With his incomparable Mr. Turner, Mike Leigh continues to make other directors look simpleminded. His frequent collaborator Timothy Spall embodies the great early-19th-century seascape painter J.M.W. Turner, a stout little Cockney in a top hat who strides purposefully along the majestic seacoast and from one end of Leigh’s wide screen to the other, pausing to scrutinize the light the way a dog sniffs the air. Spall’s Turner is a notably unmajestic figure: It’s as if a Hogarthian caricature had been plopped down amid heavenly spires. But Leigh doesn’t present this seeming disjunction between the artist and his art as ironic, the way Peter Shaffer’s Amadeus bludgeoned you with the contrast between Mozart’s coarse manner and supernal music. (Shaffer had to distort Mozart’s character to fit the dubious thesis that God gives genius to people who don’t deserve it.) In the canvas that is Mr. Turner, the grotesque and the sublime aren’t on opposite ends of the spectrum. They blend.
The movie’s unifying motif is light, which consumes Turner’s thoughts and guides his movements. At the start of Mr. Turner, the camera discovers him sketching the sunset on a hill in the Netherlands. Not long after, he’s off to the seaside town of Margate for another angle on the sun and different atmospheric variables. In between, he’s at home, where his elderly father (Paul Jesson) totters off to buy paint that comes from as far away as Afghanistan, and his bashful, rather simple housekeeper, Hannah Danby (Dorothy Atkinson), helps pour his colors and visibly longs for his touch. The artist biopic is the most laughably overexplanatory of subgenres, but Leigh would rather glide over details than be caught spoon-feeding. He’s arrogant about such things. (It’s why we love him.) We just have to infer the twisted nature of Turner and Hannah’s relationship, as we need to fill in the blanks surrounding the weird constellation of Danbys who occasionally descend on the house, among them Turner’s scolding ex-lover, Sarah Danby (the ever-tart Ruth Sheen), and the couple’s daughters, whom the illustrious painter will never publicly acknowledge. The first scenes of Mr. Turner prepare us for a portrait of the artist as a stunted human. But what we finally see is more complicated — irreducible.
Spall’s performance is extreme and contains multitudes. His mouth, with its thick, protruding lower lip, is a brutish aperture, and he’s apt to grunt, growl, or snort in lieu of speaking. Turner was from a working-class background, but despite the bestial manners Spall’s Turner isn’t a primitive. When he does use words it’s with elaborate formality, and just when you’ve pegged him for a hermit he’ll charge into the main exhibition hall of the Royal Academy and slap the backs of fellow painters. He’s not so much deliberately cruel to the women in his life as selfish, childlike, and emotionally catatonic — a true Mike Leigh protagonist. Sketching a forlorn prostitute, he suddenly weeps, apparently over the hopelessness of her life. But then he goes home, brusquely thrusts himself into his housekeeper from behind, and hurries away. His brief courtship of a meek, chirpy Margate widow (Marion Bailey) suggests a longing to be fussed over rather than for intellectual companionship. He gets it and is satisfied. It’s not the realm in which he truly lives.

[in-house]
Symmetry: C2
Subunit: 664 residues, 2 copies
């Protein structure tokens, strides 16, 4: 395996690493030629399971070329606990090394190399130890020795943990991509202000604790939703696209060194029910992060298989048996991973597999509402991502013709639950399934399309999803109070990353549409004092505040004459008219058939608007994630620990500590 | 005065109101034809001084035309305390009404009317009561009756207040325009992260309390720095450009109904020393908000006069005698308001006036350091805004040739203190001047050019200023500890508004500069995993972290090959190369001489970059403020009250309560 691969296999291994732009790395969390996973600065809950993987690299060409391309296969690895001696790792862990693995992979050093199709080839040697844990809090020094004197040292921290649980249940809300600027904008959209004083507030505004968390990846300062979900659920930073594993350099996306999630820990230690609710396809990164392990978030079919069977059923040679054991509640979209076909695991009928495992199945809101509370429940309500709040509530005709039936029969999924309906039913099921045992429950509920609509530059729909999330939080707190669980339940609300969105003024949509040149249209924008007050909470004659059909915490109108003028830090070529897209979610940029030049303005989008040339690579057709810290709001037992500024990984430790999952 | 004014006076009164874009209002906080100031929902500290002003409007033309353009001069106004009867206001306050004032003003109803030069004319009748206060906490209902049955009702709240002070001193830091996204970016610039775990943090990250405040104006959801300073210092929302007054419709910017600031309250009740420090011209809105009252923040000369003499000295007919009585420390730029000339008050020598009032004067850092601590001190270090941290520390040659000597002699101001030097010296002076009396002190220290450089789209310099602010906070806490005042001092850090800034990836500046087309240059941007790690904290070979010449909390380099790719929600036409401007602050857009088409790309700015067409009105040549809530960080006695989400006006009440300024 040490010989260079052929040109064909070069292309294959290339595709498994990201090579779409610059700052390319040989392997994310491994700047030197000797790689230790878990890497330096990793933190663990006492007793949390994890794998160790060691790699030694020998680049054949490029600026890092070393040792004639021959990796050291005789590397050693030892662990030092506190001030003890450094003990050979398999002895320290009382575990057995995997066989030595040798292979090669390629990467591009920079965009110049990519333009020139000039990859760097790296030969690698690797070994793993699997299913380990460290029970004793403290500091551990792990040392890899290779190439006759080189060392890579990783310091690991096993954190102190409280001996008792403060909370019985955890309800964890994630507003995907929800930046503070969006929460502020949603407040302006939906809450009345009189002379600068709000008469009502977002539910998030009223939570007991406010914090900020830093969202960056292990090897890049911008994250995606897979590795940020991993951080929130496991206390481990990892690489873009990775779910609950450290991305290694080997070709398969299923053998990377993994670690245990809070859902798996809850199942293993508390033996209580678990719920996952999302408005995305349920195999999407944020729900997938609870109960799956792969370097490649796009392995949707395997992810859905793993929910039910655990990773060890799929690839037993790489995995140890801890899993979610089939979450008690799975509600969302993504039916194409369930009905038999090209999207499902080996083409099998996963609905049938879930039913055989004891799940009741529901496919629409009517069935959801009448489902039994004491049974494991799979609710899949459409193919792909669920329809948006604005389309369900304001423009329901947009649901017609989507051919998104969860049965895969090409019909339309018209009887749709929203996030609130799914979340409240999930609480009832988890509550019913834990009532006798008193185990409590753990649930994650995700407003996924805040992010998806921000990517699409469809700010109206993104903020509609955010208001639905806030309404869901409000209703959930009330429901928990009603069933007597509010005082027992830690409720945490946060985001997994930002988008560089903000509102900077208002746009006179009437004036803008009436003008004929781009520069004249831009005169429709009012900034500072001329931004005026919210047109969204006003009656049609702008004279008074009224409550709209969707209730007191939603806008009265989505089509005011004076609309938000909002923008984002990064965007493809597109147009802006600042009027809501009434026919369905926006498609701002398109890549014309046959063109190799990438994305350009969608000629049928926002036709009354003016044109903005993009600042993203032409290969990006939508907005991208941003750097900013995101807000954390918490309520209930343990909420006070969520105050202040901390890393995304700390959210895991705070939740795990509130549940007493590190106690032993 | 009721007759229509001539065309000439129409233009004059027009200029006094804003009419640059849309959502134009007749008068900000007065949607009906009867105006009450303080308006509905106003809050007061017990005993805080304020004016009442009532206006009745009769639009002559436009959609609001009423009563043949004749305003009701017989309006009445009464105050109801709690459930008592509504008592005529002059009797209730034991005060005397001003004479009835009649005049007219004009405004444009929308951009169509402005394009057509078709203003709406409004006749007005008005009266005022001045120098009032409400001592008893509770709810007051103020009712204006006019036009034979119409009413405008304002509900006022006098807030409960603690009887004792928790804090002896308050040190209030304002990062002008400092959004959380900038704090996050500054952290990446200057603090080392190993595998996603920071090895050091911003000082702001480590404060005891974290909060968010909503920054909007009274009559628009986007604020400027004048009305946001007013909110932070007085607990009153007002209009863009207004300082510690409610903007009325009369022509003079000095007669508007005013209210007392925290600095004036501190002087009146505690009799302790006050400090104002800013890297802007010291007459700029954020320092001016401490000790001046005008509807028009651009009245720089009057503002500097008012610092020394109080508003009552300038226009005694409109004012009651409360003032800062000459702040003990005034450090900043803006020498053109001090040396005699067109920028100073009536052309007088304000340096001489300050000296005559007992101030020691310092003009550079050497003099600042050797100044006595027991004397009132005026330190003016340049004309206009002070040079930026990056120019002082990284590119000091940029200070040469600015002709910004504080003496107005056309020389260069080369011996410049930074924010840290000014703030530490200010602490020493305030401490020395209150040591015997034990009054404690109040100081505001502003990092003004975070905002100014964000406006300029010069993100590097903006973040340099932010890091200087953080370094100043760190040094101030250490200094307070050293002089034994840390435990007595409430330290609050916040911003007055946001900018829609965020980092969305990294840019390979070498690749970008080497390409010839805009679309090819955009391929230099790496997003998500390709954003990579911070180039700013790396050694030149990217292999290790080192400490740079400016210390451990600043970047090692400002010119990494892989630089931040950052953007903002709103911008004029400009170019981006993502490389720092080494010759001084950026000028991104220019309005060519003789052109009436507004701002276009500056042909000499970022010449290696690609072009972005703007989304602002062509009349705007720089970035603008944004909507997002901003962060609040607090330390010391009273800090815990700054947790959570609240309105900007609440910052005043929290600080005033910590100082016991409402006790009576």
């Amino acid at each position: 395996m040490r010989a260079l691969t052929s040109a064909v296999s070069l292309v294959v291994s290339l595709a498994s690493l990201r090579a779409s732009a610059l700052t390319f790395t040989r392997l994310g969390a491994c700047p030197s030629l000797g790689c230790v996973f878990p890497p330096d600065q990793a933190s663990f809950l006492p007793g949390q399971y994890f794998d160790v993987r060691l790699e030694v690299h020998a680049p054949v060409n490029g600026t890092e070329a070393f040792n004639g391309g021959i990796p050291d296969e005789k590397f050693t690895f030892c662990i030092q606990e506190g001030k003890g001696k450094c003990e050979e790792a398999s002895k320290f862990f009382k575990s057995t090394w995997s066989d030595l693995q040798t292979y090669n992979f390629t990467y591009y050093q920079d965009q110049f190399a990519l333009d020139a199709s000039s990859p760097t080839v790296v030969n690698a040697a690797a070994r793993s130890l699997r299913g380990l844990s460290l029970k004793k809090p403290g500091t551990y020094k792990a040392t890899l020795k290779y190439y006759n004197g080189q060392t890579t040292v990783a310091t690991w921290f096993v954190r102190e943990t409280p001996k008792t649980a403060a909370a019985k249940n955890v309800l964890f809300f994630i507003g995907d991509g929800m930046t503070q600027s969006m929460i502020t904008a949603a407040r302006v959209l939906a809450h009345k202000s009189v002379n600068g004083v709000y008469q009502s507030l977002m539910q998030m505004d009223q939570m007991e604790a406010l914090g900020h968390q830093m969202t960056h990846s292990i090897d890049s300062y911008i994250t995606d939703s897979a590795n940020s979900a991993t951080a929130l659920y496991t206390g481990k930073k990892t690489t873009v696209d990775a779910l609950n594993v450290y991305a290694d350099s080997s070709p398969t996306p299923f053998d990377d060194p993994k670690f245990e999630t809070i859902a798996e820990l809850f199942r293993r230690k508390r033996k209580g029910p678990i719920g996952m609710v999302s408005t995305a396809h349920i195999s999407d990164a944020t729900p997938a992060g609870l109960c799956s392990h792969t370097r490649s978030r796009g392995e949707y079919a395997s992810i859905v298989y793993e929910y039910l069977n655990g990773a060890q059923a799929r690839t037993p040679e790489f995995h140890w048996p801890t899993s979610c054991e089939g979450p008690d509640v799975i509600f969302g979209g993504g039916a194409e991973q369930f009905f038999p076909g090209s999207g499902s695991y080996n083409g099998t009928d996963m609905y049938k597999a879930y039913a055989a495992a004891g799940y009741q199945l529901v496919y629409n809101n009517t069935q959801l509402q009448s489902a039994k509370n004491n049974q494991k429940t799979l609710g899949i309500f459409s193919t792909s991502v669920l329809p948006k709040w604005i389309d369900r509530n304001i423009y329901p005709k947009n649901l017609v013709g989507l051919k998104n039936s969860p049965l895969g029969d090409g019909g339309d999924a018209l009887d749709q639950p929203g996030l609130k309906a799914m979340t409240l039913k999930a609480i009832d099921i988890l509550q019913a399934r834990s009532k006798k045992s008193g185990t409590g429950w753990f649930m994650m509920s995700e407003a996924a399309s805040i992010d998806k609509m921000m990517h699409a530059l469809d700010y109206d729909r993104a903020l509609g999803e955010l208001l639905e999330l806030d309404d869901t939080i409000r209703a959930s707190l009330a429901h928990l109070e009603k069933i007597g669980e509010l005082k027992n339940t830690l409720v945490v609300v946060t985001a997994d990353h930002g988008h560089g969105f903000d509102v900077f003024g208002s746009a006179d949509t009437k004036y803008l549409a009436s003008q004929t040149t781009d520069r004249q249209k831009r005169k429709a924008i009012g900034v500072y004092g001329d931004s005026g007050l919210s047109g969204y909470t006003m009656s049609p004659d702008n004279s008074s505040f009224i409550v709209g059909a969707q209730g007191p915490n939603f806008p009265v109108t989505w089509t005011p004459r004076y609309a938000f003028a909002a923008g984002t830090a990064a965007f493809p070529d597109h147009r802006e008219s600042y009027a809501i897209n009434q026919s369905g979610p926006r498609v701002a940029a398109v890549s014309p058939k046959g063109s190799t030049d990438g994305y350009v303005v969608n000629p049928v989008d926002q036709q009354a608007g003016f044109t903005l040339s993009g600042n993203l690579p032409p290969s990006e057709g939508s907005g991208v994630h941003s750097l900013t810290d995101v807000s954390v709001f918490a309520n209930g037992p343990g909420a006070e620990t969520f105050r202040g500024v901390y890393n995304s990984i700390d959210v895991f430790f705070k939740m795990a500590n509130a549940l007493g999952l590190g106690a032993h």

Broadly aligned with the Romantic movement, Turner doesn’t muse on, say, the presence of the divine in nature, but he’ll talk your head off about the refraction of color in a drop of water and the frangibility of light. In one scene, the famed Scottish polymath Mary Somerville (Lesley Manville) arrives to demonstrate the magnetic properties of violet. Turner is utterly absorbed by her prisms, as if there could be nothing more important under heaven. And perhaps there isn’t. Somerville avers that “all things on Earth are connected,” and that’s there in Turner’s work, too, the presence of humans suffusing the landscape and vice versa. Finishing a picture as it hangs in the academy, Turner spits on the canvas and adds a puff of yellow paint dust to soften the colors and make them radiate beyond the boundaries of objects. When he’s done, the paintings seem unfinished, magically indefinite.
Mr. Turner doesn’t resolve into something definite, either. There are no Freudian one-to-one correspondences between life and art, no thematic signposts. As usual, Leigh’s actors did their own research on their characters and their work is broad, unruly, and fun to watch — especially Martin Savage as the angry, neglected painter Benjamin Robert Haydon, whose financial neediness is always at odds with his pride. It’s too bad that Joshua McGuire has been directed to make Turner’s critical champion John Ruskin a lisping twit, Leigh’s contempt for critics being a little plain for my taste. In life, Turner joked that Ruskin saw things in his paintings he’d never put there, but he was grateful for the influential young man’s advocacy, especially when the public came to view Turner’s later, more mystical works as the product of insanity. But it’s not in Leigh’s nature to be solicitous of critics. He’s still part punk. (It’s why we love him.)
Perhaps the most awesome thing in Mr. Turner is how Leigh and cinematographer Dick Pope hint at Turner’s paintings in their landscapes — not to make the film look painterly but to suggest what Turner saw before transmuting reality into art. Near the end, a pioneering photographer sets up shop nearby, and Turner broods on the possibility that painters will be supplanted once people have access to more literal reproductions — before deciding that the reality he sees will never be captured by a camera. He’s right. But in all sorts of other ways, cinema does pretty well by him.
*This article appears in the December 15, 2014 issue of New York Magazine.